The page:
The Business of Marriage

By Sumayyah Meehan, MMNS Middle East Correspondent

Success in marriage does not come merely through finding the right mate, but through being the right mate.  ~Barnett R. Brickner

bride The blessed union of marriage, in many parts of the Middle East, has morphed into a whole other beast that is only a fraction of what it was around twenty years ago. These days, a fetching bride often carries an exorbitant price tag that few men can bear. Granted, just as thoroughbred horses have various degrees of worth, so too do brides carry their own value based on familial ties and wealth.

Kuwait, in particular, has seen an upswing in “spinster” females over recent years with Kuwaiti males often choosing to marry non-Kuwaitis for the sake of saving a king’s ransom in dowry. The bride’s parents are typically staunch in requesting hundreds of thousands of dollars from the groom for their daughter’s hand in holy matrimony. As a result of many grooms refusing to be “fleeced”, many Kuwaiti women are left with only two choices – to either marry a non-Kuwaiti or spend their lives unmarried.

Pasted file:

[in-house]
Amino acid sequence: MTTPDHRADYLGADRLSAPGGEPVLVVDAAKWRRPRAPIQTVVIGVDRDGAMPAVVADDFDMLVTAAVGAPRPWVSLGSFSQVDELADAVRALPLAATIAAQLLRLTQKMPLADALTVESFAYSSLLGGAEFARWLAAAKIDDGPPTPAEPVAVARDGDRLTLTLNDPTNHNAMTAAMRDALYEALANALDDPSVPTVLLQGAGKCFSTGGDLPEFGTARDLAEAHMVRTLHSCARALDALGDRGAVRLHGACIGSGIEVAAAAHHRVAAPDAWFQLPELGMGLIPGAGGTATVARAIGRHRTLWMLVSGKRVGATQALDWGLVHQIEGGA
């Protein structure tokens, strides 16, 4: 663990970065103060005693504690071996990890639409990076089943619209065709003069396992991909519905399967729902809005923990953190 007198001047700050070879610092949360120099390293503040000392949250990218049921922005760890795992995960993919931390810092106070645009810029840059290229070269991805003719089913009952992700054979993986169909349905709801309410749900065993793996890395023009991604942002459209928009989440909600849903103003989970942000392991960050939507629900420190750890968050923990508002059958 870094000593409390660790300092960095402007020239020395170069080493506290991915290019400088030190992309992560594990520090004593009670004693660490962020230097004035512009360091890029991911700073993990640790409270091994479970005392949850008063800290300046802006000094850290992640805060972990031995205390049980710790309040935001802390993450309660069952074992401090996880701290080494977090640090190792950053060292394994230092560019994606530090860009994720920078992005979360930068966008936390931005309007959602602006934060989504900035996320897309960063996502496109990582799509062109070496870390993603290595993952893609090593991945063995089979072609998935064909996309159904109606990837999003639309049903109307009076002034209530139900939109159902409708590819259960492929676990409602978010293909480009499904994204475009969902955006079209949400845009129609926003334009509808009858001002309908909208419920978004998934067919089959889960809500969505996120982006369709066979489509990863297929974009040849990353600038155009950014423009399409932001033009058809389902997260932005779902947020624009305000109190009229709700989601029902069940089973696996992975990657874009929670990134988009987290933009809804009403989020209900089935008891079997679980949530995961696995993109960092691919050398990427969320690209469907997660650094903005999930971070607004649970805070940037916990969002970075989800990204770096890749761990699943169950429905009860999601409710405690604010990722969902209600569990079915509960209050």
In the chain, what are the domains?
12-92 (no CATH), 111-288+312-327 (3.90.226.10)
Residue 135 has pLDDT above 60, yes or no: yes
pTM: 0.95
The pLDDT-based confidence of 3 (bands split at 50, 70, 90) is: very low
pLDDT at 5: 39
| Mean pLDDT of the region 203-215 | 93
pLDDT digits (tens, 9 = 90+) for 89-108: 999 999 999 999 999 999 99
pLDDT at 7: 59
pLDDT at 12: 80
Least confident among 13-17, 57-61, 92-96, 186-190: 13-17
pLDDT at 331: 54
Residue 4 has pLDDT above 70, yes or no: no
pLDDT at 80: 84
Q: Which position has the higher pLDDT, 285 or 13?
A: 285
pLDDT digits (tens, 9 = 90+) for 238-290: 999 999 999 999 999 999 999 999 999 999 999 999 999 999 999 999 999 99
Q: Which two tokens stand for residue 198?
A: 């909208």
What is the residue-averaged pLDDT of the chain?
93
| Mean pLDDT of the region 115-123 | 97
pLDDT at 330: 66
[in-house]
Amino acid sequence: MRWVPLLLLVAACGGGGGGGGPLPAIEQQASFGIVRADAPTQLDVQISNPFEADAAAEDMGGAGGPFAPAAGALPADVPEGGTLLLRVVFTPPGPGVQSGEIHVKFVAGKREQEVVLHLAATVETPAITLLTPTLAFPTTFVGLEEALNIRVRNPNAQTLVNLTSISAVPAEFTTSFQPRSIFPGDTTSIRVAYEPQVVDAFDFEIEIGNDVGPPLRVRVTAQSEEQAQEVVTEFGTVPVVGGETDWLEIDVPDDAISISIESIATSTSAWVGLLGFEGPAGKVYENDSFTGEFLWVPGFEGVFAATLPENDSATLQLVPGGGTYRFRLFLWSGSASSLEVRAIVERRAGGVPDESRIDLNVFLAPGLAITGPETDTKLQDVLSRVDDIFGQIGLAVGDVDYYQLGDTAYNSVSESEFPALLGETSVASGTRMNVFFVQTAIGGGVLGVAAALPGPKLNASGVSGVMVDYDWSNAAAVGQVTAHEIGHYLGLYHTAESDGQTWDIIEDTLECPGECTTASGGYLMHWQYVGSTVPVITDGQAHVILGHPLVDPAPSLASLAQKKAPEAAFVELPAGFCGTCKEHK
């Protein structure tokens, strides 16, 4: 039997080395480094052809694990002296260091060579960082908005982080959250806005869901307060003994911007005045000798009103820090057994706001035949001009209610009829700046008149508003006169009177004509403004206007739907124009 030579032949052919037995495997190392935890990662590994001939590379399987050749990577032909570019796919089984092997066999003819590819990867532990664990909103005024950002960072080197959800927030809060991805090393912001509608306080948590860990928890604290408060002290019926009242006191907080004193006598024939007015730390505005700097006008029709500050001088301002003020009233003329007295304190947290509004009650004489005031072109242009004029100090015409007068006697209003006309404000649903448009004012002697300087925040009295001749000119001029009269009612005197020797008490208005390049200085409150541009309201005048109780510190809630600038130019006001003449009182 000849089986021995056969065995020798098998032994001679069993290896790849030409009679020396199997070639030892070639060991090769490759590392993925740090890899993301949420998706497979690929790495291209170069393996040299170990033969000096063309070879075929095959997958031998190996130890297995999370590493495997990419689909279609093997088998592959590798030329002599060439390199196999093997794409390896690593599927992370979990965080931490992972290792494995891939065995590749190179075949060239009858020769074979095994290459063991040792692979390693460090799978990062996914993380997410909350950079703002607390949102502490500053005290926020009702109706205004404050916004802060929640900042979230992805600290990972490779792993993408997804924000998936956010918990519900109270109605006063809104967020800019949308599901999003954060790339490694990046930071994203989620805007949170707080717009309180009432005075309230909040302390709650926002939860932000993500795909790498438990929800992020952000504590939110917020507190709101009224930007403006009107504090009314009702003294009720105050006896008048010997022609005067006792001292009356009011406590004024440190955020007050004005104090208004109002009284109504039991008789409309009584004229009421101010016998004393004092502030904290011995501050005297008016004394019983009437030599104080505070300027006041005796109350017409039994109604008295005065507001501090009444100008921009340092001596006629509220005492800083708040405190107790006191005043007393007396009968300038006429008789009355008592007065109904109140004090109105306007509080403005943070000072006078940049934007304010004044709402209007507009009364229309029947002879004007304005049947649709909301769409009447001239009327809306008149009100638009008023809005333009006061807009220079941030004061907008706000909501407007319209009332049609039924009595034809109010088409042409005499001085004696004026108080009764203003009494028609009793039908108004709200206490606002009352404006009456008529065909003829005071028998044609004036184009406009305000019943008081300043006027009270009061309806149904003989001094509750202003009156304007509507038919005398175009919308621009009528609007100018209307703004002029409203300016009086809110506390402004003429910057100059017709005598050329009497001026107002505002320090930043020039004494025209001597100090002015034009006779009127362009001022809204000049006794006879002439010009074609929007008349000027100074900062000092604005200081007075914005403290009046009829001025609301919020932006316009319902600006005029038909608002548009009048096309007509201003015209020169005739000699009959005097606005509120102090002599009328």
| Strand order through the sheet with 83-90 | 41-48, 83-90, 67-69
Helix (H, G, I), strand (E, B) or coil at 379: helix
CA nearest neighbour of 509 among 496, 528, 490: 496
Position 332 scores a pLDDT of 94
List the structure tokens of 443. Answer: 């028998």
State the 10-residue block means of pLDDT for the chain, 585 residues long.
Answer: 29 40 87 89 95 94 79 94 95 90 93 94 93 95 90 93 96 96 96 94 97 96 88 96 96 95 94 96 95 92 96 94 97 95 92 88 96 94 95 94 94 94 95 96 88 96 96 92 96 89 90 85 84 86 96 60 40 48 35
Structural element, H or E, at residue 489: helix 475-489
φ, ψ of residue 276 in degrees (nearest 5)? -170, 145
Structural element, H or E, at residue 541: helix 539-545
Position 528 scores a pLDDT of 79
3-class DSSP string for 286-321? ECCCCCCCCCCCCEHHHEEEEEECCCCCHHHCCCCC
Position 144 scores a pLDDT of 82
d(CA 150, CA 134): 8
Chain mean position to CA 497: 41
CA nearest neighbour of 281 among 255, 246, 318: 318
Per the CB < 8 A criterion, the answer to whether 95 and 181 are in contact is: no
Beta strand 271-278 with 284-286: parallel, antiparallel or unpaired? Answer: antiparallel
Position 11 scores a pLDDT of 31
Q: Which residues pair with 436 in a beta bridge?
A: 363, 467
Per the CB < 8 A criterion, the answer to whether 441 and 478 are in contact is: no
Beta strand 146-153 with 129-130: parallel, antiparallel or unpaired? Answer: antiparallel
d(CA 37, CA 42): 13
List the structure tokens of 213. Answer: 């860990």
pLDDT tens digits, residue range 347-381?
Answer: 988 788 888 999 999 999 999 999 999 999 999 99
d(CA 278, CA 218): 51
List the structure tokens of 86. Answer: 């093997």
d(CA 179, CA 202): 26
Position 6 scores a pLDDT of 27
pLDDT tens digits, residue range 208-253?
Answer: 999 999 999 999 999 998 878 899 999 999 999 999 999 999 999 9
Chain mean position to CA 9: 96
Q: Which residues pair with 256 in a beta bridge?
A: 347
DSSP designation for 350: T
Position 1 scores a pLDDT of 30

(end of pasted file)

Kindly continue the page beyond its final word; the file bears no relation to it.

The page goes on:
In a bid to create incentives for Kuwaiti males to marry their female compatriots, a Kuwait parliamentarian recently proposed doubling the allotment that Kuwait men receive upon getting married. Kuwaiti grooms already receive more than $13,000 upon tying the knot with any bride of his choosing. However, the newly proposed governmental marital grant system recommends doubling that amount if the bride is also a Kuwaiti.

Under the new proposal, a Kuwaiti man can receive more than $27,000 if he marries a Kuwaiti woman. He can also choose to marry up to four Kuwaiti wives, which is in accordance with Islam, and receive the same amount of money per marriage. With over $100,000 cash up for grabs, and if the proposal is actually passed into law, a Kuwaiti man stands to profit exponentially from getting hitched.

The parliamentarian does have his heart in the right place in seeking to help Kuwaiti women get married and start families of their own. However, any time financial gain and even the possibility of love are mixed the result just might prove disastrous. With a divorce rate in Kuwait teetering at more than 50%, throwing a wad of cold hard cash at the problem may not be the right solution. Perhaps pre-marital counseling between couples or a governmental cap on dowries to make them more reasonable could best ensure all Kuwaiti women have a chance to walk down the aisle. 


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